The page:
Lean UX vs Lean Startup: Are they the same thing?
The Lean landscape has many different facets but are Lean UX and Lean Startup two sides of the same coin? Let’s find out
- Chapter 1 – How to Apply the Lean UX Methodology
- Chapter 2 – 4 ways companies can scale a Lean UX process
- Chapter 3 – Lean UX vs Lean Startup: Are they the same thing?
- Chapter 4 – Lean UX principles for large companies
- Chapter 5 – How to choose the right Lean UX Metrics
- Chapter 6 – 5 Essential Lean UX tools: A curated list
- Chapter 7 – 5 Lean design hacks to improve product success
You’ve heard of both, but are they synonymous? If you’re a Lean Startup are you automatically following Lean UX principles and vice versa? We take a look at the symbiotic but far from synonymous relationship between Lean UX and Lean Startup.
What is Lean Startup?
You will have heard the term Lean Startup thrown around a lot if you’re anywhere close to the UX and product design communities.
But just what is Lean Startup?
In a nutshell, Lean Startup is a way to create products that your customers actually want and get them to market in a quick and efficient way. The methodology was invented by Eric Ries and is outlined in his book The Lean Startup.
Startups are often strapped for cash, short on time and develop quickly. Unfortunately, they also build things that nobody wants. That’s where Lean Startup comes in to save the day.
Lean Startup attempts to give designers, entrepreneurs and product owners a way to prevent this from happening through a set of guiding principles.
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The Lean Startup Principles
These are guiding principles in Lean Startup.
1 – Eliminate uncertainty
Everybody knows that life at a startup can be chaotic. Typically one member will wear multiple hats; playing different roles as they navigate their product to success.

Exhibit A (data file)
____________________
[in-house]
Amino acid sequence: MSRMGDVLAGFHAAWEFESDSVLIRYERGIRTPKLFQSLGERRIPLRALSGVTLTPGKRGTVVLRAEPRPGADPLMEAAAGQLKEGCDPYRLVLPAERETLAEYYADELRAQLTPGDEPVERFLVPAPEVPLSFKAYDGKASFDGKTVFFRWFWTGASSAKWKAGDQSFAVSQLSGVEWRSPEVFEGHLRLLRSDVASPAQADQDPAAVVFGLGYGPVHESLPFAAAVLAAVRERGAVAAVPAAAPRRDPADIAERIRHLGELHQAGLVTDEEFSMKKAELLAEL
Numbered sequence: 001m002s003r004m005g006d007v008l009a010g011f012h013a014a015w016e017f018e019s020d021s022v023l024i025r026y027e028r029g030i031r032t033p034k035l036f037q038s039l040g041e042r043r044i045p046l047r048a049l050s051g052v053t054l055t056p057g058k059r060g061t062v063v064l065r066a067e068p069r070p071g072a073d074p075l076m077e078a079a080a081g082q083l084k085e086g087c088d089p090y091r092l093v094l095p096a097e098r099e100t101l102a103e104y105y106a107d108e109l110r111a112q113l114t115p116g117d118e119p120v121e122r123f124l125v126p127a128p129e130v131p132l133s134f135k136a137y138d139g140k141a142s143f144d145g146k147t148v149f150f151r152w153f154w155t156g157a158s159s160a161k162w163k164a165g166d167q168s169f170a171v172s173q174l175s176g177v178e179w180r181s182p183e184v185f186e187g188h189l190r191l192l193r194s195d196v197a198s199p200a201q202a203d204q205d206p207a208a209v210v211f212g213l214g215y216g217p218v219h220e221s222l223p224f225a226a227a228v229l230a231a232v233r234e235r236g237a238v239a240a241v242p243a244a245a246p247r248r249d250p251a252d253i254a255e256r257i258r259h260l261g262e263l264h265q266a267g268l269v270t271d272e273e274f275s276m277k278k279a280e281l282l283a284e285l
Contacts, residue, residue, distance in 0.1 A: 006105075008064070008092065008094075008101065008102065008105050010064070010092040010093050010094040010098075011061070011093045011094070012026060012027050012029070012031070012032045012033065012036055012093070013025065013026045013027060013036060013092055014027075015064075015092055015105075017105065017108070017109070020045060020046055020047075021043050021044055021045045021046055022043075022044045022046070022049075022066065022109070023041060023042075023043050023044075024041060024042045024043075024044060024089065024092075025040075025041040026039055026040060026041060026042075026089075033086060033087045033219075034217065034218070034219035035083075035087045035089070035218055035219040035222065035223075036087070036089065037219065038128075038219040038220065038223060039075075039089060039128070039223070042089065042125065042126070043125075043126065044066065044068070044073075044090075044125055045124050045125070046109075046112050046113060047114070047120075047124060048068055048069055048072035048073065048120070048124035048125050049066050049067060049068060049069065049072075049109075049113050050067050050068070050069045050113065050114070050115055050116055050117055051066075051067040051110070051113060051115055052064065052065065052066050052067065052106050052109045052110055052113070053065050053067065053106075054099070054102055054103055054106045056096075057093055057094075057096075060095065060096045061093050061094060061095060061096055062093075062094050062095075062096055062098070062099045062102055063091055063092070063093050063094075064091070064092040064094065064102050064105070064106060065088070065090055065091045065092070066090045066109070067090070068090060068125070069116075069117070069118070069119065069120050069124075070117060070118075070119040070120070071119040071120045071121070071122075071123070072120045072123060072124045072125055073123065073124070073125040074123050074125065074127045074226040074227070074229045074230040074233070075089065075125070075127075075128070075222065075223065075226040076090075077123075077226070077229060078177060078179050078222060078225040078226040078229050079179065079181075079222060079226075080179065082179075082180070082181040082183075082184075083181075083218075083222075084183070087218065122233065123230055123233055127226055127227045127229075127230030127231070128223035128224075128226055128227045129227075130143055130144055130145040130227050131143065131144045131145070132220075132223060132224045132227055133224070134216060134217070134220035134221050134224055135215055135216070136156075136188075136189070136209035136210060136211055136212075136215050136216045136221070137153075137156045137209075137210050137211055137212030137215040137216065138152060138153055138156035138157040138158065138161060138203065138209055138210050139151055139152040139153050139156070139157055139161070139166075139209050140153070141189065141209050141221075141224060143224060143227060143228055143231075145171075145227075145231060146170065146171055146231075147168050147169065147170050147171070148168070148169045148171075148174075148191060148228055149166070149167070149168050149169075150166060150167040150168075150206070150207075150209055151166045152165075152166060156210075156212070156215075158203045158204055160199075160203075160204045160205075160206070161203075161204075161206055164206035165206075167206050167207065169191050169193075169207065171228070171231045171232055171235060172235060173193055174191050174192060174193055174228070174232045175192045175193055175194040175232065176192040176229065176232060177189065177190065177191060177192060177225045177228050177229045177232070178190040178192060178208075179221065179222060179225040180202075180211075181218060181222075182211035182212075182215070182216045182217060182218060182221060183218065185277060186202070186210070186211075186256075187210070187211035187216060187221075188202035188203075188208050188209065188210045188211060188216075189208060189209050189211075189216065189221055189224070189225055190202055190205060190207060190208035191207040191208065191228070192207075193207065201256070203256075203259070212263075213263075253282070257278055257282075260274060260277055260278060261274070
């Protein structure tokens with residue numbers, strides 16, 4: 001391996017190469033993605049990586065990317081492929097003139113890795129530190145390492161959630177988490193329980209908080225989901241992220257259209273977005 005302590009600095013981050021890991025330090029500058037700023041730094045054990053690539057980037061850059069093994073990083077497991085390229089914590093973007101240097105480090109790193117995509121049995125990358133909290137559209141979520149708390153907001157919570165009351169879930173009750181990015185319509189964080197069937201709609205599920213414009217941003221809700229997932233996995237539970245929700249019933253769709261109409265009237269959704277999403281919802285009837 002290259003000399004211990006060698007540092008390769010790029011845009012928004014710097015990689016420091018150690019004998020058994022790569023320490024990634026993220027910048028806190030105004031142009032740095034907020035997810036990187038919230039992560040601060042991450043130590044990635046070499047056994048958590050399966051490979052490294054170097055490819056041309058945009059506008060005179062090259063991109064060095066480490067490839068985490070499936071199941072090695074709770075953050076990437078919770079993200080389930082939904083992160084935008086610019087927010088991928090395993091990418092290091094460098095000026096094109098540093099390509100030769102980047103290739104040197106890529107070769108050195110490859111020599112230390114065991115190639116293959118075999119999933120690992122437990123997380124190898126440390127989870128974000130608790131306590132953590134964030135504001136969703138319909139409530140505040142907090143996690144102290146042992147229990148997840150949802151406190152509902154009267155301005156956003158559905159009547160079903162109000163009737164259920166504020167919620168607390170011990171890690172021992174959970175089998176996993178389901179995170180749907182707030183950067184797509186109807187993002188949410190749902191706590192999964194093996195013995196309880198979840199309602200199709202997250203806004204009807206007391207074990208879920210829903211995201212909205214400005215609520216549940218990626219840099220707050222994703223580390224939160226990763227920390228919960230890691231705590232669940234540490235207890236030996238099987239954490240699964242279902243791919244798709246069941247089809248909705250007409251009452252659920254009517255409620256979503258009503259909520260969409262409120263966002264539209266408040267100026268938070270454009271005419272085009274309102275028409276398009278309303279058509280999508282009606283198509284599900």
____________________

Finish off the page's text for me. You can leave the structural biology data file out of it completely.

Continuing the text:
This hustle-till-it-works approach has its benefits but it also creates a lot of uncertainty. Uncertainty is not good if you want to launch a successful product.
Of course, it is impossible to eliminate uncertainty entirely (because there are just some things we cannot ever know). But, Lean Startup aims to put in place a process to greatly reduce uncertainty.
That process is the build-measure-learn loop where you build a product, get it out to market, measure the impact, learn from it and improve.
Tools like Business Model Canvas or Value Proposition Canvas can be used to reduce the risk of failure. These one-pagers are useful tools to bring into your Lean process because with them you can start laying the foundations for your product to make sure it sells. They provide an at a glance view of your business model. When used with the Value Proposition Canvas, you can understand what your user wants. They force you to figure out the pain points, jobs-to-be-done, and gains to be made while uncovering any pain relievers. Here’s how to use it.